All those who made it through to the A final from the qualifier yesterday had relatively late starts with the medallist Fiona Bunn setting off second last. 

In the men's race, Freddie Carcas was first off of the team heading out into the forest to deliver a solid performance to finish in 42nd in an extremely strong men's field. Alastair Thomas produced a strong performance on some tired legs to finish 25th overall. 

In the women's race, GB hopes were high after two medals from the first two races. Eilidh Campbell started well, in 15th fastest split at the first radio control but had a large error losing 11 minutes on one leg but held it together to not lose too much time overall. Grace Molloy had a poor start hitting the first radio control down in 33rd but set about reeling in the field for the rest of the course. She had another powerful run, this time alongside Elena Pezzati who pushed her all the way to the finish with Grace's final position 12th.

Fiona pushed hard all the way to the end
Fiona celebrating with her teammates

But the star of the show was Fiona Bunn who, in her last ever JWOC individual race, after 5 trips to the Junior Championships, stayed calm under pressure to execute a fantastic race for the silver medal. After winning her heat Fiona had clearly demonstrated the ability to put together a medal-winning performance in this world-class field but there were nerves. The past two medal races Fiona had started really well with some of the fastest splits of any athlete in the field but so far she had not been able to string together a full race. There was no such issue today as Fiona ran solid splits leg after leg with only ever minor errors and stormed through the final run in.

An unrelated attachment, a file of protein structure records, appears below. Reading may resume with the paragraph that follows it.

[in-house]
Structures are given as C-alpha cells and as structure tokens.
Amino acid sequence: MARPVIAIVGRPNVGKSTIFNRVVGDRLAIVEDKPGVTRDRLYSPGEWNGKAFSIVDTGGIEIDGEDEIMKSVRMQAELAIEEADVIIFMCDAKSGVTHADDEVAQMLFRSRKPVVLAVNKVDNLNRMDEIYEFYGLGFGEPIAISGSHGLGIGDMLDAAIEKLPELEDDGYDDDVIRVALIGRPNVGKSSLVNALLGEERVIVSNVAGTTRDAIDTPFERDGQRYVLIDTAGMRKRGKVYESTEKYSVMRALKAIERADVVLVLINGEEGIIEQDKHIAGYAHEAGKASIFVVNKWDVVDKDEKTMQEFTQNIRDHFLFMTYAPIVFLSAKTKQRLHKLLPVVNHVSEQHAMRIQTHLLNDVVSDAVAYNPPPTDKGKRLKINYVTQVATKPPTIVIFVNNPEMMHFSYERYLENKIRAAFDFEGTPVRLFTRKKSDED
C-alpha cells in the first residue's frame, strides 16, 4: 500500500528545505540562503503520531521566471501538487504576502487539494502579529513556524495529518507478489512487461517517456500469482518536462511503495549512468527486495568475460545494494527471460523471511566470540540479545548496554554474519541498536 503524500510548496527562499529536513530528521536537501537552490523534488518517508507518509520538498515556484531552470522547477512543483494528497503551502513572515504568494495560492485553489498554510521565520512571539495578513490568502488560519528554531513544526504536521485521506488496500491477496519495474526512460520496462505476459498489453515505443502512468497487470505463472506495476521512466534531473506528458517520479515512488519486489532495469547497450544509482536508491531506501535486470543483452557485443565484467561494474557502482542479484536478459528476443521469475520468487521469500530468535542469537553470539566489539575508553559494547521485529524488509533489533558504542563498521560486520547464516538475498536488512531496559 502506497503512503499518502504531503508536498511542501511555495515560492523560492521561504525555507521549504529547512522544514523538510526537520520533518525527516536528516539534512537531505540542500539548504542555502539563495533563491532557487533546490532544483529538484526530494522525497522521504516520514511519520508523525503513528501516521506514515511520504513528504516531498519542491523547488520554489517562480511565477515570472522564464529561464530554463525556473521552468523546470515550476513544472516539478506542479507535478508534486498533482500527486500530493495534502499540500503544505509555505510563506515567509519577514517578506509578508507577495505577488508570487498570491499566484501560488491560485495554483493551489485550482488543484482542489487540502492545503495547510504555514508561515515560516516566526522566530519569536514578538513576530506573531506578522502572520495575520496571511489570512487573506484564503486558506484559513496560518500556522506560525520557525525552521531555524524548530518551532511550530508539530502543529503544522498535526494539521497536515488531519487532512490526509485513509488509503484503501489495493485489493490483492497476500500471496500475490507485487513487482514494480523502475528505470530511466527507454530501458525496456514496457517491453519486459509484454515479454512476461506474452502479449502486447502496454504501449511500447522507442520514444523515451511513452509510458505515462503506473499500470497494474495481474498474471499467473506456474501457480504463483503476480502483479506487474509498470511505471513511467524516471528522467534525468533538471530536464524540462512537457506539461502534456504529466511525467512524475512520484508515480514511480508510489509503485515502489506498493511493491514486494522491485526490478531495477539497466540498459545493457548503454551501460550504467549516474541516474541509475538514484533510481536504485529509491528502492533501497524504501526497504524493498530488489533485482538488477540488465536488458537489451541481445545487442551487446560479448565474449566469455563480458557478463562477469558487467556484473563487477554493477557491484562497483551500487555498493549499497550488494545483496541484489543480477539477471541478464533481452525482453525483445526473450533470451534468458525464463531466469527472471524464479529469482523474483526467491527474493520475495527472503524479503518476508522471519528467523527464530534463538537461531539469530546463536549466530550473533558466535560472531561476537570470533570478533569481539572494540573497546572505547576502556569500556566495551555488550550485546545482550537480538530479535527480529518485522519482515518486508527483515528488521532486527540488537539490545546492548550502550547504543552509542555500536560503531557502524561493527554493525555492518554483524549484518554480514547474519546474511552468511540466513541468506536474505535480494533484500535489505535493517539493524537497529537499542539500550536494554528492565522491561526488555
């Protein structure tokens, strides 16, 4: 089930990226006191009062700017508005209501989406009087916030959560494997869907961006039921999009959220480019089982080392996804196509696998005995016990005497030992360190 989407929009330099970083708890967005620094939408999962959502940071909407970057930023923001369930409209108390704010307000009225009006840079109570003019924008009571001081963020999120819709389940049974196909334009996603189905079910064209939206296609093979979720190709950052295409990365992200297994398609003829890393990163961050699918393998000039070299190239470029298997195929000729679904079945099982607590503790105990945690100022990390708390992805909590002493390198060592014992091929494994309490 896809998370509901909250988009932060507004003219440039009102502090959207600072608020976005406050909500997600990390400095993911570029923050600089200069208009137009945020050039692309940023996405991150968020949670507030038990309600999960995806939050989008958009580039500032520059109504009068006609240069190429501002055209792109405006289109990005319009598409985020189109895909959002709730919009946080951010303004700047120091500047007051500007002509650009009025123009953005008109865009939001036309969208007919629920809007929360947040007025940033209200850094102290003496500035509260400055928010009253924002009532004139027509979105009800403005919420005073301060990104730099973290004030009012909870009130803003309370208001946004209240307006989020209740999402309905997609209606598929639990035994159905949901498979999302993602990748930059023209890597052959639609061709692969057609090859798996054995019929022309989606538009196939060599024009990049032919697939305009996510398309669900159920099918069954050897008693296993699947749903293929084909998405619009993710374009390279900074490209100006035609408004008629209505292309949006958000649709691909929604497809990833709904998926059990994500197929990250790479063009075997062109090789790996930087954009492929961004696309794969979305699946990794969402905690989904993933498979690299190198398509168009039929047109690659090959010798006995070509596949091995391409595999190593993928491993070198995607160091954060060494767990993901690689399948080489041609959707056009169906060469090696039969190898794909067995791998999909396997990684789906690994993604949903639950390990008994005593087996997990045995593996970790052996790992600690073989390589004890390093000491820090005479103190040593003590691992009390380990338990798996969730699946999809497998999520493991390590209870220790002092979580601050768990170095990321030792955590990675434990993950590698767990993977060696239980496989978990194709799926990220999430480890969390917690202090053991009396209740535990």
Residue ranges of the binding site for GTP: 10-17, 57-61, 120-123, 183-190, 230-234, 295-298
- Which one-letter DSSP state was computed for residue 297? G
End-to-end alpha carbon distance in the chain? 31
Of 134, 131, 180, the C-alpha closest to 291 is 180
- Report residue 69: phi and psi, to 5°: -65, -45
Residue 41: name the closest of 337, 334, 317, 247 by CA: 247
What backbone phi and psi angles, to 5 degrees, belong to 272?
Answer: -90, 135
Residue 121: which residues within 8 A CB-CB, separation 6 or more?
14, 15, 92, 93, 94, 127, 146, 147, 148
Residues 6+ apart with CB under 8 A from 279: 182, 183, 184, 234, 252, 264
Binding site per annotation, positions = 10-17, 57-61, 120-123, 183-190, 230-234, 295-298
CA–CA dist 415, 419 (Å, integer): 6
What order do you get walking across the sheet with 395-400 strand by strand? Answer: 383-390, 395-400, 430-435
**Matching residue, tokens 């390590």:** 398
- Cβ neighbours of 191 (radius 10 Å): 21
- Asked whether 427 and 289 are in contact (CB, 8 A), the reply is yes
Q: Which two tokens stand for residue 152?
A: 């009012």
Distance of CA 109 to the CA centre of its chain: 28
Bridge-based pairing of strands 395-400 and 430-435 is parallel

After downloading to confirm all was well and a quick media interview which you can catch along with all the results and GPS on https://www.jwoc2019.dk. Fiona was mobbed by her teammates, so happy for her to have captured another British Medal and Fiona's first on the World stage.

Due to the protest at the conclusion on the Women's Long race, there were two podium presentations with British athletes today as Grace Molloy collected her second Bronze of the championships before Fiona Bunn got one of the loudest cheers of the day on collecting her Silver medal.

The Medal girls now have one more race to get up for before completing what is already the most successful Junior World Orienteering Championships ever for Great Britain. Tomorrow sees them join forces with Megan Keith to push for team glory in the Forest Relay. 

GB will field four teams the other women's team will feature Eilidh Campbell, Niamh Hunter and Laura King. Men's teams will be Freddie Carcas, Eddie Narbett and Alastair Thomas and a second team of Finlay Todd, Peter Molloy and Zac Hudd. 

Fiona and Grace shared the podium after today's medal ceremonies